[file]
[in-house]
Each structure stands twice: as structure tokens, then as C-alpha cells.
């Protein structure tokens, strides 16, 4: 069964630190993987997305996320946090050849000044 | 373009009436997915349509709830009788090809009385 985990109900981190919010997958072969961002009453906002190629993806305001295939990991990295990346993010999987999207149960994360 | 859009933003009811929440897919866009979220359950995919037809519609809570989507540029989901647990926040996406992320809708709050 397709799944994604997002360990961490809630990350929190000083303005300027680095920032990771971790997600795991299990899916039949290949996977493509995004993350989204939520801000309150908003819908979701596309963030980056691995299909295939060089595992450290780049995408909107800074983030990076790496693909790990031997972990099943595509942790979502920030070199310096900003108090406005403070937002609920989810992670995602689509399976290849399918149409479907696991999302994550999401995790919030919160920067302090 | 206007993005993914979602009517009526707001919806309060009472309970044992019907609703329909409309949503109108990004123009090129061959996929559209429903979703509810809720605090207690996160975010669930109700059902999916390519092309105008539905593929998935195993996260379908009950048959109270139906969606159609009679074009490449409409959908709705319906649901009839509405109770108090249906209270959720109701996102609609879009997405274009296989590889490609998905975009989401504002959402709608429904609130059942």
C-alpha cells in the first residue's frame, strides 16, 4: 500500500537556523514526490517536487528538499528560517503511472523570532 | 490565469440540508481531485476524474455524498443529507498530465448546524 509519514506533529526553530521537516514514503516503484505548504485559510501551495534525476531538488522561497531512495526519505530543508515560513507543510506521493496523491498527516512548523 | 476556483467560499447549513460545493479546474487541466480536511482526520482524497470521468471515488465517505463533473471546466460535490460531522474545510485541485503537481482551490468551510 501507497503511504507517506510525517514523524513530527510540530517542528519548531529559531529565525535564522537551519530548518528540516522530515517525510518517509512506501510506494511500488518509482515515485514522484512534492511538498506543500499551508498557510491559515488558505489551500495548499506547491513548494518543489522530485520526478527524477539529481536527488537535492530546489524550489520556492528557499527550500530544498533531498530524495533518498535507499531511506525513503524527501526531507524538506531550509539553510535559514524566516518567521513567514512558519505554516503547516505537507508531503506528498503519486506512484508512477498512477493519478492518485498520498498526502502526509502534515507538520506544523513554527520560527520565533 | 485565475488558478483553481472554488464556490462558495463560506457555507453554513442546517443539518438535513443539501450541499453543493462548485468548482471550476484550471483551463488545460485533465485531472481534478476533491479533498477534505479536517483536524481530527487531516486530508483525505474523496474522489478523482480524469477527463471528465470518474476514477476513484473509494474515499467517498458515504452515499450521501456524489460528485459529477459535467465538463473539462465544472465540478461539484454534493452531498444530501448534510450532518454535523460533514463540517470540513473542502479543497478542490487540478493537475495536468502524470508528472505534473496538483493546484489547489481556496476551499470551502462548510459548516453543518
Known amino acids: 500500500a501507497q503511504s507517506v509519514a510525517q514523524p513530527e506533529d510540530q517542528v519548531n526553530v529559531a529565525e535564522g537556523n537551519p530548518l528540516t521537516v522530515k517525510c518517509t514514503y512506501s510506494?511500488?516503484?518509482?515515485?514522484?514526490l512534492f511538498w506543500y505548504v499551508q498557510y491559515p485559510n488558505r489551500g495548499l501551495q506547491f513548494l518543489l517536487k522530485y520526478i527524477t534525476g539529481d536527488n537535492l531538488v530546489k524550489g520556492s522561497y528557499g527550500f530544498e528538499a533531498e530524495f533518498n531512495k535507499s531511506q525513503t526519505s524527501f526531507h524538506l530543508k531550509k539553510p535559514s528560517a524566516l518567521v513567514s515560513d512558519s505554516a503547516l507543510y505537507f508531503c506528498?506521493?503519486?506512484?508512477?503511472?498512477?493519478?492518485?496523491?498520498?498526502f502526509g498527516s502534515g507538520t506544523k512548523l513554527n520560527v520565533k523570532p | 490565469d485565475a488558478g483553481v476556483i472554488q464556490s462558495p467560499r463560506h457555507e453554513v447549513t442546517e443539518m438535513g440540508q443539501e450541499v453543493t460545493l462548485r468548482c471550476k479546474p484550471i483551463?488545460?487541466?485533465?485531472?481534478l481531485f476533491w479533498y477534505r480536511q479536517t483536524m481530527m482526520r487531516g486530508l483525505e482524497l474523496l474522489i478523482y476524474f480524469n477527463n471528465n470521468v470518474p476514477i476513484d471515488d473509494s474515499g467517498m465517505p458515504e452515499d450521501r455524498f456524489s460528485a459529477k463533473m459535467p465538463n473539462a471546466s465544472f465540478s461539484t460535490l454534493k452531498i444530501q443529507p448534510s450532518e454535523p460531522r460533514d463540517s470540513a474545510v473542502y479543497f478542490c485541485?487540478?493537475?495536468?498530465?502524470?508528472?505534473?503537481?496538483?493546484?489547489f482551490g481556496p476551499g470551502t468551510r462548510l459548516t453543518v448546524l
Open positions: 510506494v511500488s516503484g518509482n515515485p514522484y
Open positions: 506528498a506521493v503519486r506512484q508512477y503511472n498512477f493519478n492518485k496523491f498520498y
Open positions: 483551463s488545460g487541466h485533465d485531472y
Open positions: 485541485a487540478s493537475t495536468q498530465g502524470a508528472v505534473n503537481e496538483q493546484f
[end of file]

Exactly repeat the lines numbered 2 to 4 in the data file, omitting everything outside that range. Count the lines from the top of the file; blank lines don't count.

Each structure stands twice: as structure tokens, then as C-alpha cells.
């Protein structure tokens, strides 16, 4: 069964630190993987997305996320946090050849000044 | 373009009436997915349509709830009788090809009385 985990109900981190919010997958072969961002009453906002190629993806305001295939990991990295990346993010999987999207149960994360 | 859009933003009811929440897919866009979220359950995919037809519609809570989507540029989901647990926040996406992320809708709050 397709799944994604997002360990961490809630990350929190000083303005300027680095920032990771971790997600795991299990899916039949290949996977493509995004993350989204939520801000309150908003819908979701596309963030980056691995299909295939060089595992450290780049995408909107800074983030990076790496693909790990031997972990099943595509942790979502920030070199310096900003108090406005403070937002609920989810992670995602689509399976290849399918149409479907696991999302994550999401995790919030919160920067302090 | 206007993005993914979602009517009526707001919806309060009472309970044992019907609703329909409309949503109108990004123009090129061959996929559209429903979703509810809720605090207690996160975010669930109700059902999916390519092309105008539905593929998935195993996260379908009950048959109270139906969606159609009679074009490449409409959908709705319906649901009839509405109770108090249906209270959720109701996102609609879009997405274009296989590889490609998905975009989401504002959402709608429904609130059942």
C-alpha cells in the first residue's frame, strides 16, 4: 500500500537556523514526490517536487528538499528560517503511472523570532 | 490565469440540508481531485476524474455524498443529507498530465448546524 509519514506533529526553530521537516514514503516503484505548504485559510501551495534525476531538488522561497531512495526519505530543508515560513507543510506521493496523491498527516512548523 | 476556483467560499447549513460545493479546474487541466480536511482526520482524497470521468471515488465517505463533473471546466460535490460531522474545510485541485503537481482551490468551510 501507497503511504507517506510525517514523524513530527510540530517542528519548531529559531529565525535564522537551519530548518528540516522530515517525510518517509512506501510506494511500488518509482515515485514522484512534492511538498506543500499551508498557510491559515488558505489551500495548499506547491513548494518543489522530485520526478527524477539529481536527488537535492530546489524550489520556492528557499527550500530544498533531498530524495533518498535507499531511506525513503524527501526531507524538506531550509539553510535559514524566516518567521513567514512558519505554516503547516505537507508531503506528498503519486506512484508512477498512477493519478492518485498520498498526502502526509502534515507538520506544523513554527520560527520565533 | 485565475488558478483553481472554488464556490462558495463560506457555507453554513442546517443539518438535513443539501450541499453543493462548485468548482471550476484550471483551463488545460485533465485531472481534478476533491479533498477534505479536517483536524481530527487531516486530508483525505474523496474522489478523482480524469477527463471528465470518474476514477476513484473509494474515499467517498458515504452515499450521501456524489460528485459529477459535467465538463473539462465544472465540478461539484454534493452531498444530501448534510450532518454535523460533514463540517470540513473542502479543497478542490487540478493537475495536468502524470508528472505534473496538483493546484489547489481556496476551499470551502462548510459548516453543518